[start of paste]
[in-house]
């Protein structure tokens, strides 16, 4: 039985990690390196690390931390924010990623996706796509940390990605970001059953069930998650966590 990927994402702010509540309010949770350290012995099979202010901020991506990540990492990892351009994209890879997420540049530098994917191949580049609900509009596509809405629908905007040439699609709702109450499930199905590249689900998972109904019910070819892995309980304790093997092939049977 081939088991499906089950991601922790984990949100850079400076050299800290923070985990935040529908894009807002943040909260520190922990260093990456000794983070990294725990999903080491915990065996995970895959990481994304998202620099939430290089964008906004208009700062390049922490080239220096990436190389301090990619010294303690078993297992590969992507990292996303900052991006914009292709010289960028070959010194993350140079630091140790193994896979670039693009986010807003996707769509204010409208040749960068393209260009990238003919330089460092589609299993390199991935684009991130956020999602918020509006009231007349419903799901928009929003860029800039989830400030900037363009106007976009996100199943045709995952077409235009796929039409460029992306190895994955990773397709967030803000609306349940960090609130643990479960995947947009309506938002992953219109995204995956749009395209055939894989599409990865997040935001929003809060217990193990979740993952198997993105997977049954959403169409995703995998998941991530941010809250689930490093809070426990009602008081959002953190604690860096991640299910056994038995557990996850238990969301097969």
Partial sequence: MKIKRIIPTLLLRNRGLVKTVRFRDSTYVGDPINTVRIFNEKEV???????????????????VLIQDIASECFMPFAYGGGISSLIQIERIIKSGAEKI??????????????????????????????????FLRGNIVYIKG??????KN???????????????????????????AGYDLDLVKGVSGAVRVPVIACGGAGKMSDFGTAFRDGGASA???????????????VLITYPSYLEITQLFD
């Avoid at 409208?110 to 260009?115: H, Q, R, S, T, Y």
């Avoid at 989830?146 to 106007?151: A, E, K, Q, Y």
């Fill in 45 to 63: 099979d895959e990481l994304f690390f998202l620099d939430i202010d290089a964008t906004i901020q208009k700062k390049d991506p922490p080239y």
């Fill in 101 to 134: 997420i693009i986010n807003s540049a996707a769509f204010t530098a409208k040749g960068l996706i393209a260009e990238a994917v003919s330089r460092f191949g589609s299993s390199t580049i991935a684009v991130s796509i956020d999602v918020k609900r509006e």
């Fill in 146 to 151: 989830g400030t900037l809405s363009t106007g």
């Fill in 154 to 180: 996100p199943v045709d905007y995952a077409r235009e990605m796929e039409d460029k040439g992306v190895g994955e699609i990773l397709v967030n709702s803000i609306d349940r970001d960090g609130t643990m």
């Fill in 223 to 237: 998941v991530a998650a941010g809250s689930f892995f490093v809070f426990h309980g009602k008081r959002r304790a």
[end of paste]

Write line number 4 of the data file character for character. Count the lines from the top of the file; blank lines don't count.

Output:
């Avoid at 409208?110 to 260009?115: H, Q, R, S, T, Y």